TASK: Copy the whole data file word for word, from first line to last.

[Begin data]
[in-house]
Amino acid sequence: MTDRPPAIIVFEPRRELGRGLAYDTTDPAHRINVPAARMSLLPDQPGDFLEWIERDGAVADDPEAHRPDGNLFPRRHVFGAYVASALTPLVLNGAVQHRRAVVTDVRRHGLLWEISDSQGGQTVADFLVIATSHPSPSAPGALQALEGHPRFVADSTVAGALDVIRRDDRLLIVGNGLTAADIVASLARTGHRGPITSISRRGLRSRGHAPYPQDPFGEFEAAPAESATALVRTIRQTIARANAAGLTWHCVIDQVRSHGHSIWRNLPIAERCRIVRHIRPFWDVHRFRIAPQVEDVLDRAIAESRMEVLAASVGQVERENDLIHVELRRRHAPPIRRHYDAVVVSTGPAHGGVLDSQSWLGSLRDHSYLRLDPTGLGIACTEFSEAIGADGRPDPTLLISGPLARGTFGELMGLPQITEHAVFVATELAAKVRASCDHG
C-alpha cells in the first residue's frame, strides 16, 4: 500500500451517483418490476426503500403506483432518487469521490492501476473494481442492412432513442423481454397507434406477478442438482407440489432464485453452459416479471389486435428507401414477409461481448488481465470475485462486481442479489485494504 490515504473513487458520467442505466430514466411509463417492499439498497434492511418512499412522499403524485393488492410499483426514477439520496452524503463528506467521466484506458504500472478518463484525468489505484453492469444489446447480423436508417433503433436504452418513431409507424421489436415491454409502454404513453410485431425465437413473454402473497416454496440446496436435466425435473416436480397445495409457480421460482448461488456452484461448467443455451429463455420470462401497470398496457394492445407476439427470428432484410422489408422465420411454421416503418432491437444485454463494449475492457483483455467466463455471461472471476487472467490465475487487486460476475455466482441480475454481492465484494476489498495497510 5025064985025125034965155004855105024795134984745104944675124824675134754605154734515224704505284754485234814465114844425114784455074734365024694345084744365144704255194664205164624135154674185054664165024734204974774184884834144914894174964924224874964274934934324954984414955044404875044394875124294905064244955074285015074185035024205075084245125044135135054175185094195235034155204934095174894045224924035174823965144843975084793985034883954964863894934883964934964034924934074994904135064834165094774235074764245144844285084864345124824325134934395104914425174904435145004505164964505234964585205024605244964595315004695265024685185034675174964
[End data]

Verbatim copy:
[in-house]
Amino acid sequence: MTDRPPAIIVFEPRRELGRGLAYDTTDPAHRINVPAARMSLLPDQPGDFLEWIERDGAVADDPEAHRPDGNLFPRRHVFGAYVASALTPLVLNGAVQHRRAVVTDVRRHGLLWEISDSQGGQTVADFLVIATSHPSPSAPGALQALEGHPRFVADSTVAGALDVIRRDDRLLIVGNGLTAADIVASLARTGHRGPITSISRRGLRSRGHAPYPQDPFGEFEAAPAESATALVRTIRQTIARANAAGLTWHCVIDQVRSHGHSIWRNLPIAERCRIVRHIRPFWDVHRFRIAPQVEDVLDRAIAESRMEVLAASVGQVERENDLIHVELRRRHAPPIRRHYDAVVVSTGPAHGGVLDSQSWLGSLRDHSYLRLDPTGLGIACTEFSEAIGADGRPDPTLLISGPLARGTFGELMGLPQITEHAVFVATELAAKVRASCDHG
C-alpha cells in the first residue's frame, strides 16, 4: 500500500451517483418490476426503500403506483432518487469521490492501476473494481442492412432513442423481454397507434406477478442438482407440489432464485453452459416479471389486435428507401414477409461481448488481465470475485462486481442479489485494504 490515504473513487458520467442505466430514466411509463417492499439498497434492511418512499412522499403524485393488492410499483426514477439520496452524503463528506467521466484506458504500472478518463484525468489505484453492469444489446447480423436508417433503433436504452418513431409507424421489436415491454409502454404513453410485431425465437413473454402473497416454496440446496436435466425435473416436480397445495409457480421460482448461488456452484461448467443455451429463455420470462401497470398496457394492445407476439427470428432484410422489408422465420411454421416503418432491437444485454463494449475492457483483455467466463455471461472471476487472467490465475487487486460476475455466482441480475454481492465484494476489498495497510 5025064985025125034965155004855105024795134984745104944675124824675134754605154734515224704505284754485234814465114844425114784455074734365024694345084744365144704255194664205164624135154674185054664165024734204974774184884834144914894174964924224874964274934934324954984414955044404875044394875124294905064244955074285015074185035024205075084245125044135135054175185094195235034155204934095174894045224924035174823965144843975084793985034883954964863894934883964934964034924934074994904135064834165094774235074764245144844285084864345124824325134934395104914425174904435145004505164964505234964585205024605244964595315004695265024685185034675174964